Sarah and Martin Moesgaard
5 Things ALL Yoga Teachers Should Do
You aren't being the the BEST yoga teacher you can be unless you are doing these five things. (Going to India is NOT on the list but Number 4 might surprise you!)
1. Cultivate your own personal practice.
This is number one on our list because it is the number one most important thing to do if you are are going to be guiding others through their yoga practices. Not only is your own practice essential for your own overall health, which you need, because being a yoga teacher is a physically and mentally demanding job with long days of marathon classes, dashing from studio to studio, exposure to all kinds of sweaty, germey people breathing heavily, and mental gymnastics of organizing, scheduling, creating and problem solving. But also because your mat is where your work on new poses and test out new ideas and flows. Good in-class demos start with you practicing them at home alone. Good flows start with you finding your way through them in your own time. If you want to give your students good cues and feedback in class, it helps if you have recently felt those poses and transitions in your body.
Fill your own cup, so you can give from a place of abundance.
2. Go to yoga class.
It is so SO so easy for teachers to skip class. Especially if you work in a studio. Maybe you have several duties like assisting other teachers, cleaning spaces and equipment, working the front desk or in the office in addition to guiding your own classes. So you may have a sense that you have been participating in yoga all day, when really, you haven't had one moment of clear, uninterrupted access to your breath since breakfast. Going to class regularly has all kinds of benefits like helping you to maintain a clear connection to your "beginner's mind," practice those poses you tend to skip in your home practice, actively participate in your local yoga community, and stay relevant with the other teachers in your studio or town. (I could write a whole article on the how's and why's of this one topic...and maybe I will...)
3. Engage with media that inspire you.
If you have been teaching for any length of time, you have probably noticed that you become increasingly able to disengage from your mouth while teaching! It happened to me after about two years of teaching full time - I could essentially sleep-talk through my own class (especially, those 6 am classes!) There is nothing wrong with finding your "grove" as a teacher. But there comes a point when you need an injection of new material to stay fresh, both for your own sake and your students'. You also need to keep up-to-date on topics like exercise science, pedagogy, and events in the yoga world. I love to listen to podcasts; my two favs are Yogaland with Andrea Ferreti and Jason Crandell and Let's Talk Yoga with Arundhati Baitmangalkar. Binge-watch some documentaries, follow a fav insta-yogi, or sit down with some good old fashioned books; however you do it, find a way to keep the input coming in. Stay fresh, motivated and inspired.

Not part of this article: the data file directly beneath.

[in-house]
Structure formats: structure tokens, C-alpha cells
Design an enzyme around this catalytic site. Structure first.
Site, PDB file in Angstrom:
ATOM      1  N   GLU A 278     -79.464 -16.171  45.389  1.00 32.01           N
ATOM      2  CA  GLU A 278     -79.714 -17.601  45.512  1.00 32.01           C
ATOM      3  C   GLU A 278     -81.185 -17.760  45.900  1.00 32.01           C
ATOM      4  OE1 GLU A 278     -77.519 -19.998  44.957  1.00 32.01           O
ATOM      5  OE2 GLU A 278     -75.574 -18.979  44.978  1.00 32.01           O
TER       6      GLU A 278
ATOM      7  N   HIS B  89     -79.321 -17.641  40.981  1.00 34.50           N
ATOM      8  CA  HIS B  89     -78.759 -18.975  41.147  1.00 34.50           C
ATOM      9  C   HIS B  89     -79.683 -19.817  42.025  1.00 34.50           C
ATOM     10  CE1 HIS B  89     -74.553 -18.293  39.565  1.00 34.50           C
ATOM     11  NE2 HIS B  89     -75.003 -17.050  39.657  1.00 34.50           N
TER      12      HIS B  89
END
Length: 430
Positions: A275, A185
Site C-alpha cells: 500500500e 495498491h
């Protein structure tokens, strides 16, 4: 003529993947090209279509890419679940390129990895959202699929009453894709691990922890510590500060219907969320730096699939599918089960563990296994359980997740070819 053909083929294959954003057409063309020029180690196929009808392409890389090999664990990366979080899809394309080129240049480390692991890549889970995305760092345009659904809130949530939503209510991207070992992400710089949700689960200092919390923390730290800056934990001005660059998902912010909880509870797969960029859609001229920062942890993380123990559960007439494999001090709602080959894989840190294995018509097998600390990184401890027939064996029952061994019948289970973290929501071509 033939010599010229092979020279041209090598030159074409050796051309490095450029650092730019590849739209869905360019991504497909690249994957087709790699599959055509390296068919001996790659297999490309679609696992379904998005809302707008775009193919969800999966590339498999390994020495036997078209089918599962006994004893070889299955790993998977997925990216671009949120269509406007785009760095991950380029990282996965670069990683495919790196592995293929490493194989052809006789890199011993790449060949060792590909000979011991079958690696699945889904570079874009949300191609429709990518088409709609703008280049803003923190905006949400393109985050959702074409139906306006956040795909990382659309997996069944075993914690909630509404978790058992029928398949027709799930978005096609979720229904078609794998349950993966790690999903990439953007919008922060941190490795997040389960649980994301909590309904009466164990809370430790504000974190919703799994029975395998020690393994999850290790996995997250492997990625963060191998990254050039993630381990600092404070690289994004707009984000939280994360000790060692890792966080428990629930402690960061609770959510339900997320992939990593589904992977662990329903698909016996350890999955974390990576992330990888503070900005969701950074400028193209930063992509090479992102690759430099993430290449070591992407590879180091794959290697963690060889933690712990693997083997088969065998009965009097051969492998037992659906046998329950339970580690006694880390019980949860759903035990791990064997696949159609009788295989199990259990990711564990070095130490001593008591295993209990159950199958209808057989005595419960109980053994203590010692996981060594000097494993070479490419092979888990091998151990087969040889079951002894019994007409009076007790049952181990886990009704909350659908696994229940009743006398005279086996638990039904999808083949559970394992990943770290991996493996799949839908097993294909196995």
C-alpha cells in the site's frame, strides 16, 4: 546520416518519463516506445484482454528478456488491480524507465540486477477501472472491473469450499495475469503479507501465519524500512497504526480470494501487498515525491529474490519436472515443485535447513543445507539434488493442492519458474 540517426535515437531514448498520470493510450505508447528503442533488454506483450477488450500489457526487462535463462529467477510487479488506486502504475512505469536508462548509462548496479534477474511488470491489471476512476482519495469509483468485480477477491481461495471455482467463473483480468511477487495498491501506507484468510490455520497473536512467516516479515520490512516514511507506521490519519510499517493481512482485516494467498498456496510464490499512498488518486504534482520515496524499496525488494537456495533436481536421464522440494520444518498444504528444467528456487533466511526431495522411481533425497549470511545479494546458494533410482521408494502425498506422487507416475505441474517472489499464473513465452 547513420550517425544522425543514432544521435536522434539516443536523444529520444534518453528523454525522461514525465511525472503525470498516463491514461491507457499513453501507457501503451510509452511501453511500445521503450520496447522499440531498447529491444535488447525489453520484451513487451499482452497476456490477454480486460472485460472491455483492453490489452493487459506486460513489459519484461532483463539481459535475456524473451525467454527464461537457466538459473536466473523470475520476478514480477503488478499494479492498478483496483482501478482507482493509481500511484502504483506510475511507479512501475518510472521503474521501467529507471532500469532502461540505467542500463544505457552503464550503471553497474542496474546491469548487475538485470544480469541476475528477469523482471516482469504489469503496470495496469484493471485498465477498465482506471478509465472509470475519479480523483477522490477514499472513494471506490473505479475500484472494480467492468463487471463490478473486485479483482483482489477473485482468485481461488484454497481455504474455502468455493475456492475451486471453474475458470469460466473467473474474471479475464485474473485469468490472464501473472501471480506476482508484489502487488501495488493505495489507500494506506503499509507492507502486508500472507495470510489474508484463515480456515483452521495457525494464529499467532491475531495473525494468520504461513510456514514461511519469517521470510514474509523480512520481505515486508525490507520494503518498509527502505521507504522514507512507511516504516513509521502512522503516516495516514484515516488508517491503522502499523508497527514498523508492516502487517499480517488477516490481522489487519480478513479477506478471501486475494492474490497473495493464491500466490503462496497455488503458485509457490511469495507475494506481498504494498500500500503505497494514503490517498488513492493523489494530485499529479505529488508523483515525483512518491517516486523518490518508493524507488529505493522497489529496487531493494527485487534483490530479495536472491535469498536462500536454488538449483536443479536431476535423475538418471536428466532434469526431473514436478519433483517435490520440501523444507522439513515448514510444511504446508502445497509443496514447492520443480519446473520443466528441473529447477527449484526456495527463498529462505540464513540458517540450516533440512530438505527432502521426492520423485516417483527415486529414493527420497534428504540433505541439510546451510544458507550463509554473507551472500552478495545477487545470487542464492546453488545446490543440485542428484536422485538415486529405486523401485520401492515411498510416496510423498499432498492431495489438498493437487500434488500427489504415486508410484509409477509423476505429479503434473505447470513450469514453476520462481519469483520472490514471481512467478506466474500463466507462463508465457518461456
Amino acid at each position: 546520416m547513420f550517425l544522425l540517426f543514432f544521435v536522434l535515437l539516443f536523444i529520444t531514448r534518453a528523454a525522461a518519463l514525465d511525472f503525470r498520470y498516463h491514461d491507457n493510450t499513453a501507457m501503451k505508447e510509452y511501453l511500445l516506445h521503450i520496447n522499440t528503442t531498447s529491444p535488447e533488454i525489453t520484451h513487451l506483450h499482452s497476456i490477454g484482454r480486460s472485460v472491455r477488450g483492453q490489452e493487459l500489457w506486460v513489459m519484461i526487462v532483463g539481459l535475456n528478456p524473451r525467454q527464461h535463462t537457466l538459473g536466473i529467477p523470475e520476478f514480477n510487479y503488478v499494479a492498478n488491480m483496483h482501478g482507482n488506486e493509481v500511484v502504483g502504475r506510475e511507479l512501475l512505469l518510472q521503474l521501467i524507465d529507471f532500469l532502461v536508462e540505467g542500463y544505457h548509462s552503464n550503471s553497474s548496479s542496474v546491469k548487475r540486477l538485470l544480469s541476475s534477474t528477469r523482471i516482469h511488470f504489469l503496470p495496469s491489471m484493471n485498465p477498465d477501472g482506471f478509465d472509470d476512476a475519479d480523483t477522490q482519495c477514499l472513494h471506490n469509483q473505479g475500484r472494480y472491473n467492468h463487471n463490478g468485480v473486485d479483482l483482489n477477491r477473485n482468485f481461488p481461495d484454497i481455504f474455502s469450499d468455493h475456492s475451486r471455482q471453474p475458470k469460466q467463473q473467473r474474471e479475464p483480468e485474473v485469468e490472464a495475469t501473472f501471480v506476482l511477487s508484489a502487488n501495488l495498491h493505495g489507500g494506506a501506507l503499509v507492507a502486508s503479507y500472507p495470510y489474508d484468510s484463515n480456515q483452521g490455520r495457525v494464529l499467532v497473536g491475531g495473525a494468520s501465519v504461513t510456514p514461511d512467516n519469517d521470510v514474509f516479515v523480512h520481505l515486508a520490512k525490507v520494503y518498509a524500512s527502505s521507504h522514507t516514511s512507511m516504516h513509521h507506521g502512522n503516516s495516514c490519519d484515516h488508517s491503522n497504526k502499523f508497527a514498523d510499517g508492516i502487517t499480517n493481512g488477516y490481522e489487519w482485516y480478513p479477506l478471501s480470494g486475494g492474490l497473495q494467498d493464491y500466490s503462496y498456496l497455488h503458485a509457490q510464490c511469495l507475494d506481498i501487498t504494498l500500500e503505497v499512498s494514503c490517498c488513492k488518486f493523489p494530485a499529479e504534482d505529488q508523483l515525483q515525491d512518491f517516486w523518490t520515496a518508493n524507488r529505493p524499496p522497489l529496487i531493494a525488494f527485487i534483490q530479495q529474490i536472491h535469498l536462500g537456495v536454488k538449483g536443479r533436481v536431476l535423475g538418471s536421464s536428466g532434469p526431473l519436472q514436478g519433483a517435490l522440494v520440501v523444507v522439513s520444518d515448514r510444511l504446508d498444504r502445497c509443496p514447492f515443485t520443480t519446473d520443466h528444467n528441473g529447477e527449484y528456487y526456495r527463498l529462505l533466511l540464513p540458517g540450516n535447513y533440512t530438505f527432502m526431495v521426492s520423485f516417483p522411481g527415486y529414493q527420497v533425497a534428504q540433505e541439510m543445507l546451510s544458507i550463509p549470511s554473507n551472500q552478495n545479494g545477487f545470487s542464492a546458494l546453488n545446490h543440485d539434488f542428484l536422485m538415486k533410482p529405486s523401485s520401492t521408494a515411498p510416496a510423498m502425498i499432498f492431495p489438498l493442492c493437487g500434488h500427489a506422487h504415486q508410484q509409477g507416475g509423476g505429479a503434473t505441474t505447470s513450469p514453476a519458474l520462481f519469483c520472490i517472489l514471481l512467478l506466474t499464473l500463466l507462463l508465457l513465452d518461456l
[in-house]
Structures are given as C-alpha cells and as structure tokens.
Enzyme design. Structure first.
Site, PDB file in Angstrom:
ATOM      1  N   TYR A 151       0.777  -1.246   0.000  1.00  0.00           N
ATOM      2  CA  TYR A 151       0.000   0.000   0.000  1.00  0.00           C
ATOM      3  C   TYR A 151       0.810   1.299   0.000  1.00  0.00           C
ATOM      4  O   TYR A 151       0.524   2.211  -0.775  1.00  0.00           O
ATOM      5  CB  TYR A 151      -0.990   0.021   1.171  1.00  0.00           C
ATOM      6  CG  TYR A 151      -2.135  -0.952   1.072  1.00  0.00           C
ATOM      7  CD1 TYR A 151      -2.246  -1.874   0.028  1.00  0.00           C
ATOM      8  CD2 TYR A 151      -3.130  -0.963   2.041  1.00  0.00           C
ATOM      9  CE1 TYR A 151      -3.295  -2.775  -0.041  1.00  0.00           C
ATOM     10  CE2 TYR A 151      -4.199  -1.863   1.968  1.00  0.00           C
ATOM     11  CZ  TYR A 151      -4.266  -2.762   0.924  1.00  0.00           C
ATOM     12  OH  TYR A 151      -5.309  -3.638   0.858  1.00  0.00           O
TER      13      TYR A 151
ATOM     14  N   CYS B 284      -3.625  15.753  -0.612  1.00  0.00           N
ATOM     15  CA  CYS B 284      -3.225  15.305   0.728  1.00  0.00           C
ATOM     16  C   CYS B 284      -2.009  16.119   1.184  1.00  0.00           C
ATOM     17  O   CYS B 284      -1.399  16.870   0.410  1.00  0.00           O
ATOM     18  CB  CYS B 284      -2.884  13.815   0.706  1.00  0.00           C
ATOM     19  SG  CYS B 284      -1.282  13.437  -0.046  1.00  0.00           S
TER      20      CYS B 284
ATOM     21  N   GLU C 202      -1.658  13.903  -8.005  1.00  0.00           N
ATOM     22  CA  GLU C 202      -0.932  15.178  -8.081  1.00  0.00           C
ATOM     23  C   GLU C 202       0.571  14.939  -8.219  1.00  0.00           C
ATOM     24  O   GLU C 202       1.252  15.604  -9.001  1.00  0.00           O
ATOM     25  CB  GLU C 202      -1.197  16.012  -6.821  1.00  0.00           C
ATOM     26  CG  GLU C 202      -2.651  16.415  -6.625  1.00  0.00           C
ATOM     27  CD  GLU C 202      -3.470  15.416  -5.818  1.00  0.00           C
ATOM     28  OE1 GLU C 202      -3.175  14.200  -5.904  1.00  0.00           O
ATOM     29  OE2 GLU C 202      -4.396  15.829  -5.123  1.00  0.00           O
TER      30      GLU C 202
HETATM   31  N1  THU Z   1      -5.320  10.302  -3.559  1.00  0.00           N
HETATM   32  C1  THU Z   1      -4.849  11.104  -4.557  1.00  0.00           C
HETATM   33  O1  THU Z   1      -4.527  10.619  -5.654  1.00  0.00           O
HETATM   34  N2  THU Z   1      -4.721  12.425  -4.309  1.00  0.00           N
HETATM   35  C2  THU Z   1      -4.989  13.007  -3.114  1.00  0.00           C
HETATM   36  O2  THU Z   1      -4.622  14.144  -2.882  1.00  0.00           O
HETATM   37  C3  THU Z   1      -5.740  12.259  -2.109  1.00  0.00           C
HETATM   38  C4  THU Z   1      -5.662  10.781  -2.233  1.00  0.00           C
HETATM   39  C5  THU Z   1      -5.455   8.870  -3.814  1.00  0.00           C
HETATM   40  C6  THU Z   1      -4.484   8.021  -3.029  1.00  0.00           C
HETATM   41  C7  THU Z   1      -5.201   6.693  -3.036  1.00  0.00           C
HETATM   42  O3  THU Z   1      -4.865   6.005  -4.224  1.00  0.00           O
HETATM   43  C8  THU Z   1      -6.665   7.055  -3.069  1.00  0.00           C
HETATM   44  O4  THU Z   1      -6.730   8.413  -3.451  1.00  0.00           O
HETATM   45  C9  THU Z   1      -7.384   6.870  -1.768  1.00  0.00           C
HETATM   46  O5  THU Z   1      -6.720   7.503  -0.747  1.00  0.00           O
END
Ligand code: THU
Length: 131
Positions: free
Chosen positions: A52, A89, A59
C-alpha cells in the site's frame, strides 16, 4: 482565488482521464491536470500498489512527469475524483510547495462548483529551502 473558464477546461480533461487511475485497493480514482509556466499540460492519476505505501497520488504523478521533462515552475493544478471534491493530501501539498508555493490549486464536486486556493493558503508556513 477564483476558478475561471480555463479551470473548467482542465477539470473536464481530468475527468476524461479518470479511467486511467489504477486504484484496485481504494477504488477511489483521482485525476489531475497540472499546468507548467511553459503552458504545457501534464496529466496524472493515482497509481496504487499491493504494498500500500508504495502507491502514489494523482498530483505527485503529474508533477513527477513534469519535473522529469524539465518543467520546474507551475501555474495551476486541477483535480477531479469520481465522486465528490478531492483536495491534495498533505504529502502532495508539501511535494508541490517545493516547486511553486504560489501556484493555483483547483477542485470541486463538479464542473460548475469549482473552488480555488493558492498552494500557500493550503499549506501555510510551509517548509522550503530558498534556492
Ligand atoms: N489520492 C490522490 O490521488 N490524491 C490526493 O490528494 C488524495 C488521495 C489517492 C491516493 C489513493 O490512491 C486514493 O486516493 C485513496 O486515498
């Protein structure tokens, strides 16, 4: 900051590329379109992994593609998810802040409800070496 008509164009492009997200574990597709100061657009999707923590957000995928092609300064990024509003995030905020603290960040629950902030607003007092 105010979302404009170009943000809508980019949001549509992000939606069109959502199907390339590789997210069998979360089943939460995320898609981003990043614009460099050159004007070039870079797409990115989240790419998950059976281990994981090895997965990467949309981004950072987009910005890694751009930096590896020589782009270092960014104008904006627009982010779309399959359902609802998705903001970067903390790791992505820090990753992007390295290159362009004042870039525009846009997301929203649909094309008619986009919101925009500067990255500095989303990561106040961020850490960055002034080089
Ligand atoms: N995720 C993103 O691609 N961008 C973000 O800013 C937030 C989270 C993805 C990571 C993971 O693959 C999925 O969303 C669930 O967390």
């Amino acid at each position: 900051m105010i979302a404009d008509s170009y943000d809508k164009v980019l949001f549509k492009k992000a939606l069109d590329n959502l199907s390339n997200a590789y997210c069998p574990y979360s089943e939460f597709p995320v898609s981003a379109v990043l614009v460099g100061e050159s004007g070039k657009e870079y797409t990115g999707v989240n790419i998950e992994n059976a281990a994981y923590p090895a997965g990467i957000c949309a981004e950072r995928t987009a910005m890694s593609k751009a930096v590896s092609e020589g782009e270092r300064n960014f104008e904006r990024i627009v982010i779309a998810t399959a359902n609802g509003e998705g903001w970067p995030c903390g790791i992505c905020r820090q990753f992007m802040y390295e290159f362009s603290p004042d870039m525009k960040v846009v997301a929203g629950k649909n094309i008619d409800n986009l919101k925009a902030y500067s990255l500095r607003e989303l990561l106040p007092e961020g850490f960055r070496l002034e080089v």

4. Engage in the world outside of yoga.
This may surprise you, but most yoga teachers seriously love yoga. In my first five years of teaching, and, especially, in the early years of running my own studio, I wanted to practice yoga allllllll the time. I took all of that advise above and went hard. I hung out at my own studio, then went for coffee dates with yoga friends and talked about yoga, then went home and sat on my couch with a stack of yoga books or watched documentaries on famous yogis. (Obviously, this was before kids!) Then I went on vacation to towns where I knew there were great studios and teachers or went on train-cations or retreats or teacher-trainings.... I did little else. It was a fabulous time and I learned a lot about myself and about yoga. But I found that my dharma talks started to get stale, sound trite, like something I had read on my Yogi tea bag that morning. I saw a super funny video on YouTube one time called, "Stupid shit yoga teachers say," and I sounded JUST LIKE THAT. Unless you live and work at Kripalu, for most of us, our students are not submersing themselves in yoga 24/7 - they live in the real world of jobs and kids and churches and family struggles and they need someone who can help them dive fully into yoga a couple of times each week AND THEN JUMP BACK OUT. Don't become a teacher who can't connect to your students about anything other than yoga - you will miss out on so much!
5. Reflect in meaningful ways.
It is not enough to take the first four steps here if you don't reflect on what you gain and how you can intentionally incorporate that into your teaching practice. Again, it is sooooo very easy to go on autopilot after you've been teaching for a bit. So, after you have committed to your personal practice, to going to someone else's class, reading and thinking about yoga, and cultivating a life outside of yoga, it is time to reflect. I like journaling and, obviously, blogging. Writing helps me organize and clarify my thoughts. I keep several kinds of journals - short daily gratitude lines, long on-going to-do lists of goals with objectives and timelines and action points, and I also create zen-doodles as a kind of words-free journaling project.
If writing isn't for you, maybe organize a formal or informal sangha, like a coffee club with a few other yoga teachers, where you can discuss what you are reading, doing, or thinking. Or your reflection might take the form of a date with yourself, like a monthly hike somewhere quiet where you can clear your mind and reflect. If you are more visual, set a time each month where you vision board pulling together images that serve to focus you for the coming month. There is no right way to go about it, however, it is crucial that you give yourself time and space to digest and integrate.